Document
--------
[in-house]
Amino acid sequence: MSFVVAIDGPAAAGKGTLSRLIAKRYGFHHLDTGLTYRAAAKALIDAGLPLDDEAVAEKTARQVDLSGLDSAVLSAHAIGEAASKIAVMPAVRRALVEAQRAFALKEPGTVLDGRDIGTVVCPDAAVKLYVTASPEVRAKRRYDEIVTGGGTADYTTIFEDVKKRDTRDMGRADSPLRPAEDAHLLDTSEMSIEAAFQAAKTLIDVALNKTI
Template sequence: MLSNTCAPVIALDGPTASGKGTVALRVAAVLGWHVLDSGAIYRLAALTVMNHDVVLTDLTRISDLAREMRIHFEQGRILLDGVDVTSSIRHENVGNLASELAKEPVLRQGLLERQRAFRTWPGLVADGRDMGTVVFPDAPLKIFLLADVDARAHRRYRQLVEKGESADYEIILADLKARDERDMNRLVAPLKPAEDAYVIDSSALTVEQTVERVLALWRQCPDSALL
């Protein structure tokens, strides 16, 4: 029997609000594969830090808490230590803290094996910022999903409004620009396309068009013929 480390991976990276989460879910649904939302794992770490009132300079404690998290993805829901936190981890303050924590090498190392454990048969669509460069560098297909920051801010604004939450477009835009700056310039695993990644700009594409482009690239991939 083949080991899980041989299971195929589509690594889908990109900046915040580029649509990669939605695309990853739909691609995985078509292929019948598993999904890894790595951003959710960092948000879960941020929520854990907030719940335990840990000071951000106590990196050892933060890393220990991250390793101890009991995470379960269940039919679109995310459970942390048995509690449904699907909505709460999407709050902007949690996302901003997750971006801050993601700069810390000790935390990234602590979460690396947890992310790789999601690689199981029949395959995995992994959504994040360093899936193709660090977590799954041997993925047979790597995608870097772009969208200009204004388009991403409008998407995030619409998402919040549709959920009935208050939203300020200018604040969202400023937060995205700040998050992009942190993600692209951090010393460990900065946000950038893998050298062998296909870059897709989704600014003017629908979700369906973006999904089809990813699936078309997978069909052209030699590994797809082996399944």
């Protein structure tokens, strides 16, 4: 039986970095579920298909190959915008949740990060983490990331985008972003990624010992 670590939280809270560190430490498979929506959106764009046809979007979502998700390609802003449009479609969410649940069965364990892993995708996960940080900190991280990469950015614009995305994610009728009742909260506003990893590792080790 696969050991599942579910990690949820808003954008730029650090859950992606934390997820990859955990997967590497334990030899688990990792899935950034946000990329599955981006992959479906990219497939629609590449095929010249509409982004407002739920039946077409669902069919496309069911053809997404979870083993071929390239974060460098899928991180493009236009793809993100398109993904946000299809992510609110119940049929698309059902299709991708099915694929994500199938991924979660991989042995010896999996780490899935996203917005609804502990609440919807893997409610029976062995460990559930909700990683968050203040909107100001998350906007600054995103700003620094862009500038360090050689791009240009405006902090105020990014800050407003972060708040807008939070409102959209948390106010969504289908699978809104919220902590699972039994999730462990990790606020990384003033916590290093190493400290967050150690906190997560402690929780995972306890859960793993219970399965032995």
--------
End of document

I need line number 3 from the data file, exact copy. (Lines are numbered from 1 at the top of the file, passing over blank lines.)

Template sequence: MLSNTCAPVIALDGPTASGKGTVALRVAAVLGWHVLDSGAIYRLAALTVMNHDVVLTDLTRISDLAREMRIHFEQGRILLDGVDVTSSIRHENVGNLASELAKEPVLRQGLLERQRAFRTWPGLVADGRDMGTVVFPDAPLKIFLLADVDARAHRRYRQLVEKGESADYEIILADLKARDERDMNRLVAPLKPAEDAYVIDSSALTVEQTVERVLALWRQCPDSALL